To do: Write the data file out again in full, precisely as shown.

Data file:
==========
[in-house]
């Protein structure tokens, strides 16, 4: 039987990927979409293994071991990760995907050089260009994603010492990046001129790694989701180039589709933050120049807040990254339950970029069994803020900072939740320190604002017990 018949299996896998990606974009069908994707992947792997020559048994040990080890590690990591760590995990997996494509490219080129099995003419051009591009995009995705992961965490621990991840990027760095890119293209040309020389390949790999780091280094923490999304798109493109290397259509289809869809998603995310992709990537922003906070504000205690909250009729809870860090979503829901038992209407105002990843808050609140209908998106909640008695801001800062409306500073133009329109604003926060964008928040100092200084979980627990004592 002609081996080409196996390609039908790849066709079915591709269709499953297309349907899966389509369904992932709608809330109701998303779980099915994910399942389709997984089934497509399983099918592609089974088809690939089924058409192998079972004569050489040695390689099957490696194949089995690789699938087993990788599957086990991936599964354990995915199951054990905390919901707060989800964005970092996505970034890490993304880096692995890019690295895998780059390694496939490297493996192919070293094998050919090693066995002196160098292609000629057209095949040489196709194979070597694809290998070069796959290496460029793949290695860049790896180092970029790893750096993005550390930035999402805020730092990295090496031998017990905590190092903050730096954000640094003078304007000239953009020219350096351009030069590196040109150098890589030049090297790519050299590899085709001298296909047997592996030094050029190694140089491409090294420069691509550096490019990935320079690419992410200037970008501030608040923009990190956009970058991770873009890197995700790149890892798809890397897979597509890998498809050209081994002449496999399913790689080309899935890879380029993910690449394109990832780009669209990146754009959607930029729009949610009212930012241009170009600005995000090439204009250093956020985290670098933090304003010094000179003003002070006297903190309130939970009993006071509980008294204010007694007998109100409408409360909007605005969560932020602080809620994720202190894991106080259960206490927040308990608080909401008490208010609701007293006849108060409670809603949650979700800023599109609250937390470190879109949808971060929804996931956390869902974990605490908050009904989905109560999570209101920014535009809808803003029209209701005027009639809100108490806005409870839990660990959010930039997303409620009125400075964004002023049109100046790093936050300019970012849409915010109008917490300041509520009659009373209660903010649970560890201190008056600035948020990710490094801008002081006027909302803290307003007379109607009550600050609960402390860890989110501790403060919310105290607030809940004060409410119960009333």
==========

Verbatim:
[in-house]
């Protein structure tokens, strides 16, 4: 039987990927979409293994071991990760995907050089260009994603010492990046001129790694989701180039589709933050120049807040990254339950970029069994803020900072939740320190604002017990 018949299996896998990606974009069908994707992947792997020559048994040990080890590690990591760590995990997996494509490219080129099995003419051009591009995009995705992961965490621990991840990027760095890119293209040309020389390949790999780091280094923490999304798109493109290397259509289809869809998603995310992709990537922003906070504000205690909250009729809870860090979503829901038992209407105002990843808050609140209908998106909640008695801001800062409306500073133009329109604003926060964008928040100092200084979980627990004592 002609081996080409196996390609039908790849066709079915591709269709499953297309349907899966389509369904992932709608809330109701998303779980099915994910399942389709997984089934497509399983099918592609089974088809690939089924058409192998079972004569050489040695390689099957490696194949089995690789699938087993990788599957086990991936599964354990995915199951054990905390919901707060989800964005970092996505970034890490993304880096692995890019690295895998780059390694496939490297493996192919070293094998050919090693066995002196160098292609000629057209095949040489196709194979070597694809290998070069796959290496460029793949290695860049790896180092970029790893750096993005550390930035999402805020730092990295090496031998017990905590190092903050730096954000640094003078304007000239953009020219350096351009030069590196040109150098890589030049090297790519050299590899085709001298296909047997592996030094050029190694140089491409090294420069691509550096490019990935320079690419992410200037970008501030608040923009990190956009970058991770873009890197995700790149890892798809890397897979597509890998498809050209081994002449496999399913790689080309899935890879380029993910690449394109990832780009669209990146754009959607930029729009949610009212930012241009170009600005995000090439204009250093956020985290670098933090304003010094000179003003002070006297903190309130939970009993006071509980008294204010007694007998109100409408409360909007605005969560932020602080809620994720202190894991106080259960206490927040308990608080909401008490208010609701007293006849108060409670809603949650979700800023599109609250937390470190879109949808971060929804996931956390869902974990605490908050009904989905109560999570209101920014535009809808803003029209209701005027009639809100108490806005409870839990660990959010930039997303409620009125400075964004002023049109100046790093936050300019970012849409915010109008917490300041509520009659009373209660903010649970560890201190008056600035948020990710490094801008002081006027909302803290307003007379109607009550600050609960402390860890989110501790403060919310105290607030809940004060409410119960009333």